A Los Angeles man who pleaded guilty in April to making false statements to federal investigators about fake artworks that were marketed as works by Jean-Michel Basquiat was sentenced on Friday to probation and community service for his role in the scheme, prosecutors said.

The man, Michael Barzman, avoided jail time for his role, which he eventually admitted involved working with an associate to create between 20 and 30 fake pieces that were promoted for sale as if they were genuine Basquiats. The fake Basquiats were displayed last year at a highly touted exhibit at the Orlando Museum of Art, the F.B.I. said.

A judge in United States District Court in Los Angeles sentenced Barzman to three years’ probation, 500 hours of community service and a fine of $500, a spokesman for the U.S. attorney’s office said.

The fake Basquiats have roiled the Orlando Museum of Art, which promoted the exhibition heavily and staked its reputation on maintaining that they were genuine. But after a report by The New York Times in February 2022 raised questions about the authenticity of the works — noting that one was on a piece of cardboard that bore a FedEx typeface not used until after Basquiat’s death — the F.B.I. raided the museum and seized the paintings in question.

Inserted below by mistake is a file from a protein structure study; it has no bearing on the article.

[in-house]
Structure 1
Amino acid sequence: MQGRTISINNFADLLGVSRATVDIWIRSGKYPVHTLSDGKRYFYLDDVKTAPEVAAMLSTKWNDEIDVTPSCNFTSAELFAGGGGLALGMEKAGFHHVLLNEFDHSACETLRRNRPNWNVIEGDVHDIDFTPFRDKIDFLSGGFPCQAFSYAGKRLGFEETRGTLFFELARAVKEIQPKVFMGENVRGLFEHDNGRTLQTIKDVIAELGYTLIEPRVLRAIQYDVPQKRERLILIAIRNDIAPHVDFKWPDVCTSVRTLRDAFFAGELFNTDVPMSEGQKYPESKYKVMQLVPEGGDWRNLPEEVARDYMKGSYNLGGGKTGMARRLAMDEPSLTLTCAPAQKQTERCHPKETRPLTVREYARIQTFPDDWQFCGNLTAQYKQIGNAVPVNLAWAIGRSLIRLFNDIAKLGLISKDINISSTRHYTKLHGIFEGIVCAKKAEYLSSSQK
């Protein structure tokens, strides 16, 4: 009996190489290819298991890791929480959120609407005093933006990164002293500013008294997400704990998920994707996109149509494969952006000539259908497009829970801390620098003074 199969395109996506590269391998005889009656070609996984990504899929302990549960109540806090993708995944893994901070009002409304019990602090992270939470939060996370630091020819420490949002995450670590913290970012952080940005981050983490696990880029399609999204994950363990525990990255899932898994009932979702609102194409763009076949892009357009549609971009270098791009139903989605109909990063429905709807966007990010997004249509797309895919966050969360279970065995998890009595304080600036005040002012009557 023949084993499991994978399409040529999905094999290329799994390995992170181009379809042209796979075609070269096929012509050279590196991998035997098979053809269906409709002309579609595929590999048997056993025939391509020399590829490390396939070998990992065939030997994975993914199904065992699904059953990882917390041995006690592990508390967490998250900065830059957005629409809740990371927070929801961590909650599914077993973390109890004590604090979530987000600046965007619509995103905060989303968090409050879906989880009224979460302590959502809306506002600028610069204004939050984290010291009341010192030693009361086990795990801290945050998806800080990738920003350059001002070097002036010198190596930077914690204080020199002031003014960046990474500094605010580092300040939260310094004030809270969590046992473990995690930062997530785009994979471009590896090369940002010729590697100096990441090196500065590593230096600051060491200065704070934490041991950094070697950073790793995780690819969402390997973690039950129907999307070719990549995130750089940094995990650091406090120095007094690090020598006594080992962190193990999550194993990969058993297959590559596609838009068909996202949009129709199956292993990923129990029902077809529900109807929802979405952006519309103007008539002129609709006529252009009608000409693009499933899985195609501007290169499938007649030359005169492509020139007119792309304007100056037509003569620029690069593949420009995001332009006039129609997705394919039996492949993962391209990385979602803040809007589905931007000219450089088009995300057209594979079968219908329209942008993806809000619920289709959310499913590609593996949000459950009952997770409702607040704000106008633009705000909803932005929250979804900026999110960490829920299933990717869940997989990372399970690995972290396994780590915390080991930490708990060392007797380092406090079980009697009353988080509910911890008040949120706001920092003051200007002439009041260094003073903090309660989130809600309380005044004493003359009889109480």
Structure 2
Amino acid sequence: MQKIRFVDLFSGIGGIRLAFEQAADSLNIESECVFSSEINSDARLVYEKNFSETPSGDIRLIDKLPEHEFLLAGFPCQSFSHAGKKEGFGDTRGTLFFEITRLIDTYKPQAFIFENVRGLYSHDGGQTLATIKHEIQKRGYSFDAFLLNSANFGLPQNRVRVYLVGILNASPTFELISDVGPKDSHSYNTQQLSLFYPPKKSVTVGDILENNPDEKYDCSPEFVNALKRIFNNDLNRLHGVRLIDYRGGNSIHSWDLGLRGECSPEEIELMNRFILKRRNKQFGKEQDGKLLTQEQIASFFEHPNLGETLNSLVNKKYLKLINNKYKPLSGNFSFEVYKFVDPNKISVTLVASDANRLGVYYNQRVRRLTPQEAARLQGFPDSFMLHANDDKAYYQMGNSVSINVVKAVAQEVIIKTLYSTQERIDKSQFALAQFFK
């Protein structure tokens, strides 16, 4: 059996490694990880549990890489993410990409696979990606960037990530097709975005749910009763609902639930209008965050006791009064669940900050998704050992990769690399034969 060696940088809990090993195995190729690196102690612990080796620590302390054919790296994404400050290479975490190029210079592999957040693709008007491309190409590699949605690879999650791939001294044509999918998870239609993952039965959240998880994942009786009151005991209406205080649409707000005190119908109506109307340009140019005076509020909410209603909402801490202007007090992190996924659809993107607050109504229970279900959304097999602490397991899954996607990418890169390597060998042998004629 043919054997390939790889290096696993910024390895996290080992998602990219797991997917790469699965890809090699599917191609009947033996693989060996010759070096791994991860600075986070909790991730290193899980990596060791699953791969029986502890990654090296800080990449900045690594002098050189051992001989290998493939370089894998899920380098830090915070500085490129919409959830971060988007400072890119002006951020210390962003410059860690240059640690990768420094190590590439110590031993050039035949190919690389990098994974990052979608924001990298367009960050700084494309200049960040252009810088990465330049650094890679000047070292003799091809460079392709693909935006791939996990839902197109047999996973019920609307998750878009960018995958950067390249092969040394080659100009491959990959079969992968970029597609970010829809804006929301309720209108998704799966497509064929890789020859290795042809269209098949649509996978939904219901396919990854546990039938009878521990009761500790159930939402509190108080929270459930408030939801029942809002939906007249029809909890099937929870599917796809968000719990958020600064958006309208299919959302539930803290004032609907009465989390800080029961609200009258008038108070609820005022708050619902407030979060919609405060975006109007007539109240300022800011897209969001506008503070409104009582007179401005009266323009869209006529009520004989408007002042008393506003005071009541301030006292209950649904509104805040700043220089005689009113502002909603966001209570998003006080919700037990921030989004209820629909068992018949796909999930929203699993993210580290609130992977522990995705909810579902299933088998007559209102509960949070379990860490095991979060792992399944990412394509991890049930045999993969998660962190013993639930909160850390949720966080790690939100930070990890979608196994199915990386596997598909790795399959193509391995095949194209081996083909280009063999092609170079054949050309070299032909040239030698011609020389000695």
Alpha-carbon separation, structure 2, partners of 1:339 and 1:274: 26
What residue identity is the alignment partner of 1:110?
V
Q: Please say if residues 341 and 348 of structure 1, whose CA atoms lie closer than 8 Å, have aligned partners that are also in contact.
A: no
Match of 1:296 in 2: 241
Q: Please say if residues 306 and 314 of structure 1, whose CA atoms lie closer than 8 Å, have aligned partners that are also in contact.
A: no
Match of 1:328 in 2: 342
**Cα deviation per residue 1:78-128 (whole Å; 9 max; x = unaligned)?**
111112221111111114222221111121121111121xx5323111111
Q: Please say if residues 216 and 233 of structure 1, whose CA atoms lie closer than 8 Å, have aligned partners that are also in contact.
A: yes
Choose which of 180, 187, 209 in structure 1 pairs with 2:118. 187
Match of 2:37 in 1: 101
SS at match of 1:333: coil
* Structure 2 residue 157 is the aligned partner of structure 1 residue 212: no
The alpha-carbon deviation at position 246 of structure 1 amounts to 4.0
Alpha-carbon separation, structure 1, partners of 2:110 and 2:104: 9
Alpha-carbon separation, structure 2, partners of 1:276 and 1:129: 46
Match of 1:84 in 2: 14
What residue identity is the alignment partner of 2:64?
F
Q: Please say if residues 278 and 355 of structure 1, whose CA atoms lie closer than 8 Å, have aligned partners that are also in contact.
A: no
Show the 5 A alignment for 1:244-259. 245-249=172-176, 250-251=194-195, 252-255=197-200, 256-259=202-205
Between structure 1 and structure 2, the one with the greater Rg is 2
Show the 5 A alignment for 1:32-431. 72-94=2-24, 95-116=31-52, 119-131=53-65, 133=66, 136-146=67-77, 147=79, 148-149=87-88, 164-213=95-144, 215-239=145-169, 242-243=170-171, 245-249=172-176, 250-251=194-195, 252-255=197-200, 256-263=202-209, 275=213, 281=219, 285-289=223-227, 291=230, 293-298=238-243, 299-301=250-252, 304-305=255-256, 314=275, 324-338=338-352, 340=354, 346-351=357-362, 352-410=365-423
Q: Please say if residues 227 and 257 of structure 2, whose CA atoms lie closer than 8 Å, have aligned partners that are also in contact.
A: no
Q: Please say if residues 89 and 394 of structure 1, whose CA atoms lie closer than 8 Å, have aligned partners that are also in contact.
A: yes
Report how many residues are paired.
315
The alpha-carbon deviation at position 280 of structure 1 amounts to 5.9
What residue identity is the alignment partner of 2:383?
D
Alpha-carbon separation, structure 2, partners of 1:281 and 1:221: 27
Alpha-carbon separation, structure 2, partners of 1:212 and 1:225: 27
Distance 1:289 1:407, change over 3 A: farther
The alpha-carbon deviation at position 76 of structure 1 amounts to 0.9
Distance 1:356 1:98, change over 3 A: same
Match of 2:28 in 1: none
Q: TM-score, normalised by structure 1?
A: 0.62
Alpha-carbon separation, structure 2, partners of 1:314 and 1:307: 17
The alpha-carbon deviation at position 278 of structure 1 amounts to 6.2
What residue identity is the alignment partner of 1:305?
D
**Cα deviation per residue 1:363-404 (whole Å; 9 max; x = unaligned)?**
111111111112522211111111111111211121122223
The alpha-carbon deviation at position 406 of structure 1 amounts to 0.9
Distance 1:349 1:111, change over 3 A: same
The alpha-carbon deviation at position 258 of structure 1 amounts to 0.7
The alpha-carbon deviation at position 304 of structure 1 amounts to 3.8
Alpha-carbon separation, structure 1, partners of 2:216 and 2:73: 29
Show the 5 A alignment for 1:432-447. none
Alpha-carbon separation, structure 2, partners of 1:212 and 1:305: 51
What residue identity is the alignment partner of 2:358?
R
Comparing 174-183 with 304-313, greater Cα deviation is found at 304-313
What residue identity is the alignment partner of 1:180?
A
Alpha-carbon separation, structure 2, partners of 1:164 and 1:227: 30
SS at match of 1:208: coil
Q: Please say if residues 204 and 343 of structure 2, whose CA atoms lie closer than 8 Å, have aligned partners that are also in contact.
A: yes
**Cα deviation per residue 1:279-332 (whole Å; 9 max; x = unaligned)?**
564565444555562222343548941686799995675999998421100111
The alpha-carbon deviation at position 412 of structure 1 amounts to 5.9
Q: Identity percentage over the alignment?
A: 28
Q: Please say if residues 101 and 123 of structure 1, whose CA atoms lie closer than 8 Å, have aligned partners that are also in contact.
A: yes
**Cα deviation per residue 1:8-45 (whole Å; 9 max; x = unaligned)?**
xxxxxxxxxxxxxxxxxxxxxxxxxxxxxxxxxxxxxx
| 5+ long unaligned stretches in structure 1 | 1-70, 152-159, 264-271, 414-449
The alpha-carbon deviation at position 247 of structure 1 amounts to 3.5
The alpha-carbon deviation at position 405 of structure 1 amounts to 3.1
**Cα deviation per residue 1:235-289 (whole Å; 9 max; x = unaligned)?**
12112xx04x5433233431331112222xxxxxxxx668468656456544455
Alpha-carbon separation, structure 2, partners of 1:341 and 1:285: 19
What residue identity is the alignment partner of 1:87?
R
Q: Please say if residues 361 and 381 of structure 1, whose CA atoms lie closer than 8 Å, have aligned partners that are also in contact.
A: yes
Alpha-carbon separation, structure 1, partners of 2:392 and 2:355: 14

The museum’s board fired its director, Aaron De Groft, days after the F.B.I. raid, and the museum was later placed on probation by the American Alliance of Museums. This week, the museum sued De Groft and several co-owners of the paintings, accusing them of fraud, conspiracy and breach of contract.

Prosecutors in Los Angeles had asked for a sentence identical to the one Barzman ultimately received, acknowledging in court records that the defendant “had a difficult life, physically and emotionally,” and that his “struggles with substance abuse and financial difficulties likely contributed to some of the unfortunate decisions he made."

In a sentencing memo, Joel C. Koury, a lawyer for Barzman, wrote that his client “is never going to reoffend.”

“The impact of this offense will resonate with Mr. Barzman for the rest of his life,” the court documents said. “His friends and loved ones have noted repeatedly how ashamed and embarrassed Mr. Barzman is because of his conduct.”

The authorities have said their investigation into the fake Basquiats is ongoing.

Matt Stevens is an arts and culture reporter for The Times based in New York. He previously covered national politics and breaking news. More about Matt Stevens

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